General Electric (NYSE:GE) is currently the ninth-largest company in the world based on its market capitalization. Yes, it's a massive organization, but GE's management team thinks about size in a much different way today than it did 20 years ago.
When Jack Welch was at the helm, GE needed to be No. 1 or 2 in a given market, or it packed up its bags and abandoned the venture altogether. Today, GE appears to prioritize products and customers over positioning. For shareholders, that's a positive sign of a company on a mission versus one grasping for growth.
GE's "Aha!" moment
In 2001, USA Today published a telling story about the evolution of Jack Welch's thinking as the head honcho at GE. It's worth a read on its own, but for those interested in cutting to the chase, here's the punch line: In their relentless pursuit to move the needle at a giant conglomerate like GE, managers were passing one profitable opportunity after another while chasing market share.
At the time, size trumped strategy, hands down. And the turbine market served as prime example of this counterproductive behavior.
In the early 1990s, GE decided to forgo the opportunity to provide after-market services for the huge turbines it sold. To managers, this was a ruthlessly competitive niche where GE would be a late entrant. Should they decide to enter, the resulting profits would be small at first, and it could take years to become a player with any serious clout.
This line of thinking was flawed, however, and leadership woke up to this fact by the late 1990s. Shortly thereafter, GE entered the services businesses, and, sure enough, it's turned into a veritable cash cow less than two decades later.
In my opinion, services are absolutely critical to GE's future profit margin growth. From 2011 to 2013, for example, since they represented roughly 28% of revenue but approximately 40% of earnings on average. Talk about a potentially costly oversight.
Leader of the pack no more?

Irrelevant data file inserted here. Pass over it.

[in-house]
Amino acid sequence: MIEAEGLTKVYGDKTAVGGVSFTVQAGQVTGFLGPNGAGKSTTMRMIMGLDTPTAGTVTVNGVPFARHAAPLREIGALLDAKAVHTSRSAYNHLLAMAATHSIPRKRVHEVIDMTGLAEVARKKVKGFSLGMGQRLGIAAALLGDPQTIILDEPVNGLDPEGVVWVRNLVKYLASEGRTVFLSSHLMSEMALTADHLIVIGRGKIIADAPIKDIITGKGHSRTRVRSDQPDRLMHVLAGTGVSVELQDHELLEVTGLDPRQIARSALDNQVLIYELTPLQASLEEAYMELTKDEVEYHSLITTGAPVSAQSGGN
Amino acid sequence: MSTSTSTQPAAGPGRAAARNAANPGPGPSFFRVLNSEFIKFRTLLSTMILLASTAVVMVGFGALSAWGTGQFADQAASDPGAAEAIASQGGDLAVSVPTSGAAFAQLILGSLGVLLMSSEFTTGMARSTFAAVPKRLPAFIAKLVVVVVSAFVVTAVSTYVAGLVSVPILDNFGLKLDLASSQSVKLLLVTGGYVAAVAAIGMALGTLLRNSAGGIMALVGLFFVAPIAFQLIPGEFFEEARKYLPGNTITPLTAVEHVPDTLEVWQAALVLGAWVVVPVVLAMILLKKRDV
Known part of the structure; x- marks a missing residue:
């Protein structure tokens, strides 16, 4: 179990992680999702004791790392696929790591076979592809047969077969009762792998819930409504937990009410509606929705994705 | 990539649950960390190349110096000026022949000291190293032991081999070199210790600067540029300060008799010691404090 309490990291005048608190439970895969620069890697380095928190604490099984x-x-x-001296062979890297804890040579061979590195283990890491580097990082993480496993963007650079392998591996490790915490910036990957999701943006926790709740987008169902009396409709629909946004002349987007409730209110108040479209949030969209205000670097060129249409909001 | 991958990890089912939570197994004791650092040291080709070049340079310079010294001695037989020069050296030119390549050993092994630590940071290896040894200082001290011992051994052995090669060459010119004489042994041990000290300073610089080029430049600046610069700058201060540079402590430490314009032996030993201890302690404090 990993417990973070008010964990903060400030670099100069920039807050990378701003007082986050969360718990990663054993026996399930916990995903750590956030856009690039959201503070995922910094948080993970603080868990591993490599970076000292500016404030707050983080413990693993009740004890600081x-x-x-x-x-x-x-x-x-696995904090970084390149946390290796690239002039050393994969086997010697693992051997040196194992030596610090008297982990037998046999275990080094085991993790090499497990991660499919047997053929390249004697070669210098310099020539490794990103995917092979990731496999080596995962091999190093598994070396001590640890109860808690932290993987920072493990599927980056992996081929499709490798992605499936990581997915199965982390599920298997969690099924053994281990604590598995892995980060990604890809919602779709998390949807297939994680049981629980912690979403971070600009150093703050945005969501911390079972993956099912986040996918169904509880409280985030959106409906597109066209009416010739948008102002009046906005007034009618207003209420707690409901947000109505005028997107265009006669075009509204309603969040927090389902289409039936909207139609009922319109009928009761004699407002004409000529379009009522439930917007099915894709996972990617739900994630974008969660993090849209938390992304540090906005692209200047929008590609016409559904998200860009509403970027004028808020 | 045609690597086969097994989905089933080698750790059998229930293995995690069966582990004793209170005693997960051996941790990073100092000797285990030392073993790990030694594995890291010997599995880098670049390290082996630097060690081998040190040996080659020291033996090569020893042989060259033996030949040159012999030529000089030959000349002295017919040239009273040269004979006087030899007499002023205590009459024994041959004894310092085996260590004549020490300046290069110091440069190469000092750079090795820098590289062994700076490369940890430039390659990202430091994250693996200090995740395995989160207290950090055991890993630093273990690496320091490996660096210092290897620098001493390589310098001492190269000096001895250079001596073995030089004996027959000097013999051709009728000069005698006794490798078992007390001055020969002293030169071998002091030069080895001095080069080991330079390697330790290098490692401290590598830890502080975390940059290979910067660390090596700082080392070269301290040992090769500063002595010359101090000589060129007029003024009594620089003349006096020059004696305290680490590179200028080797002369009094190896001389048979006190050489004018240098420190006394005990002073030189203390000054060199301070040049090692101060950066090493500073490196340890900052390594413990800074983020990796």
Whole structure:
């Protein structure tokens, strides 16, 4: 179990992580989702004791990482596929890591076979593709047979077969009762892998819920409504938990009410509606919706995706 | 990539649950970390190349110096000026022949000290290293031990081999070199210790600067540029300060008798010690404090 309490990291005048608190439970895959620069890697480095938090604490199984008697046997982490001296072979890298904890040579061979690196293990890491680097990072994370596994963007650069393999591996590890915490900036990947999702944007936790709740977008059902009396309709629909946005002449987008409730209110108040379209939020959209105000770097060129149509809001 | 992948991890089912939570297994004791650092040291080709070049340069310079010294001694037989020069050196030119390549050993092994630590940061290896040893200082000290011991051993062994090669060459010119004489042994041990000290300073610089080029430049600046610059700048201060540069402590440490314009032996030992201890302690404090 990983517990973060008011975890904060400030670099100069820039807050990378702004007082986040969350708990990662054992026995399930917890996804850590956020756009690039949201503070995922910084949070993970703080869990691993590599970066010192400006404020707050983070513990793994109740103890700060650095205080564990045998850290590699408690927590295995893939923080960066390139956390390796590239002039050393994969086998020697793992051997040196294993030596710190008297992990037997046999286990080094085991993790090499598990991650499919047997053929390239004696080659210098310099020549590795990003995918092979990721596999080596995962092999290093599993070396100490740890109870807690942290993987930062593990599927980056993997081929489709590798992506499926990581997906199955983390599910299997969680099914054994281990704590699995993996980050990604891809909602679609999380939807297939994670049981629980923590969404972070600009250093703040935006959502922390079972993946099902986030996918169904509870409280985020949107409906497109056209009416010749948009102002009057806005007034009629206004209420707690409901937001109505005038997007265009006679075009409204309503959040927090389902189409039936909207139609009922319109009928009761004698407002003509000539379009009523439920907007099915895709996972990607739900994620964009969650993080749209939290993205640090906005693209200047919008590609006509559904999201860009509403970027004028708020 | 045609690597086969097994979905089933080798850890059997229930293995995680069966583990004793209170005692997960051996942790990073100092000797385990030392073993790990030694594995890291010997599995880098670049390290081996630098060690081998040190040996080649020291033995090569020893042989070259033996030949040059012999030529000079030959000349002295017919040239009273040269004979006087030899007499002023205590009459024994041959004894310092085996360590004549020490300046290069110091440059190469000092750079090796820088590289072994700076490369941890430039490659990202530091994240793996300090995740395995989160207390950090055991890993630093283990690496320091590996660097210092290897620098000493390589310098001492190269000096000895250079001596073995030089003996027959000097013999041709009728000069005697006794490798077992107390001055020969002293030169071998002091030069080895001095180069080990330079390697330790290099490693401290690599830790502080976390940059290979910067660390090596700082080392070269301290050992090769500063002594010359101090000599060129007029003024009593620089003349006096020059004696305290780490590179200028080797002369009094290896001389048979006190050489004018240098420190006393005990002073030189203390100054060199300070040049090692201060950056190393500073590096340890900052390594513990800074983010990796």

As we fast-forward in time and look at GE today, investors can rest assured that GE's abandoned its size-matters-most mentality. In his letters to shareholders, CEO Jeff Immelt has lamented those years when bureaucracy hamstrung GE's ability to move quickly and focus on customers. In 2012, he described an ongoing transformation:
We had too many "checkers" and not enough "doers." Visiting with entrepreneurs has helped me focus on complexity, accountability and purpose. I have found two books -- The Lean Startup and The Startup Playbook -- to be particularly useful.
To be sure, GE is no "start-up" today. And one could even argue that its massive scale provides a key competitive advantage in the marketplace. But that's besides the point.
What's more evident is that GE is laser-focused on providing customers with the right products and services instead of fighting over another percentage point of market share. In fact, when it comes to cornering a particular industry, GE's hardly the heavyweight in the primary markets it serves:
Thinking beyond "big"
There was a time during Welch's heyday as CEO when GE's managers were told that they needed to be the biggest fish in every pond. Legend has it that this way of thinking even became part of company policy.
But that's no longer the case according the game plan laid-out in GE interviews and shareholder letters. The days of glorifying megacaps and market share are primarily in the past. And, as the renowned author Malcolm Gladwell points out in his book David and Goliath, that's an outdated way of thinking anyway.
In a recent sit-down interview with The Motley Fool, Gladwell asked a rhetorical question about human nature. With regard to everything from athletes to businesses, he wondered out loud, "Why do we worship size?"
It's a simple comment. And it's simply true in many aspects of life. But I would suspect that speed (and strategy) trump size at the modern-day General Electric.
Isaac Pino, CPA owns shares of General Electric Company. The Motley Fool owns shares of General Electric Company. Try any of our Foolish newsletter services free for 30 days. We Fools may not all hold the same opinions, but we all believe that considering a diverse range of insights makes us better investors. The Motley Fool has a disclosure policy.